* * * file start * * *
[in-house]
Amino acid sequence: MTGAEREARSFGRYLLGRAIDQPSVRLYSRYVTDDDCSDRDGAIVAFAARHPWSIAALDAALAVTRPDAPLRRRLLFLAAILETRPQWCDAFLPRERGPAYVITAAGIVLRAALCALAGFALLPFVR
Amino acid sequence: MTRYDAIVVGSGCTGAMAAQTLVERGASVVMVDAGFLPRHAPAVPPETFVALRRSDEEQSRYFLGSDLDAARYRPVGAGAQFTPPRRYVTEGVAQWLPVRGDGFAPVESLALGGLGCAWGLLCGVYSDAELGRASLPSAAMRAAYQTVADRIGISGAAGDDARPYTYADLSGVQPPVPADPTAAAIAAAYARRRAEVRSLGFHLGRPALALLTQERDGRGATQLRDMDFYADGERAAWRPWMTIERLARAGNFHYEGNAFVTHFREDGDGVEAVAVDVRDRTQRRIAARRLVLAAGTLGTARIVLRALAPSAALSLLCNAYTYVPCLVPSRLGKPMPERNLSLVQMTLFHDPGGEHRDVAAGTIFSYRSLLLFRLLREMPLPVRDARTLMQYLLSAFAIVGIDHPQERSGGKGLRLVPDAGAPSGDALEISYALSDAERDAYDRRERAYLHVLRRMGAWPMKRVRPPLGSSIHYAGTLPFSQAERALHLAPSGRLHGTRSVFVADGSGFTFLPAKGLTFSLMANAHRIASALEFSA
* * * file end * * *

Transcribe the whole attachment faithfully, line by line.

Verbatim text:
[in-house]
Amino acid sequence: MTGAEREARSFGRYLLGRAIDQPSVRLYSRYVTDDDCSDRDGAIVAFAARHPWSIAALDAALAVTRPDAPLRRRLLFLAAILETRPQWCDAFLPRERGPAYVITAAGIVLRAALCALAGFALLPFVR
Amino acid sequence: MTRYDAIVVGSGCTGAMAAQTLVERGASVVMVDAGFLPRHAPAVPPETFVALRRSDEEQSRYFLGSDLDAARYRPVGAGAQFTPPRRYVTEGVAQWLPVRGDGFAPVESLALGGLGCAWGLLCGVYSDAELGRASLPSAAMRAAYQTVADRIGISGAAGDDARPYTYADLSGVQPPVPADPTAAAIAAAYARRRAEVRSLGFHLGRPALALLTQERDGRGATQLRDMDFYADGERAAWRPWMTIERLARAGNFHYEGNAFVTHFREDGDGVEAVAVDVRDRTQRRIAARRLVLAAGTLGTARIVLRALAPSAALSLLCNAYTYVPCLVPSRLGKPMPERNLSLVQMTLFHDPGGEHRDVAAGTIFSYRSLLLFRLLREMPLPVRDARTLMQYLLSAFAIVGIDHPQERSGGKGLRLVPDAGAPSGDALEISYALSDAERDAYDRRERAYLHVLRRMGAWPMKRVRPPLGSSIHYAGTLPFSQAERALHLAPSGRLHGTRSVFVADGSGFTFLPAKGLTFSLMANAHRIASALEFSA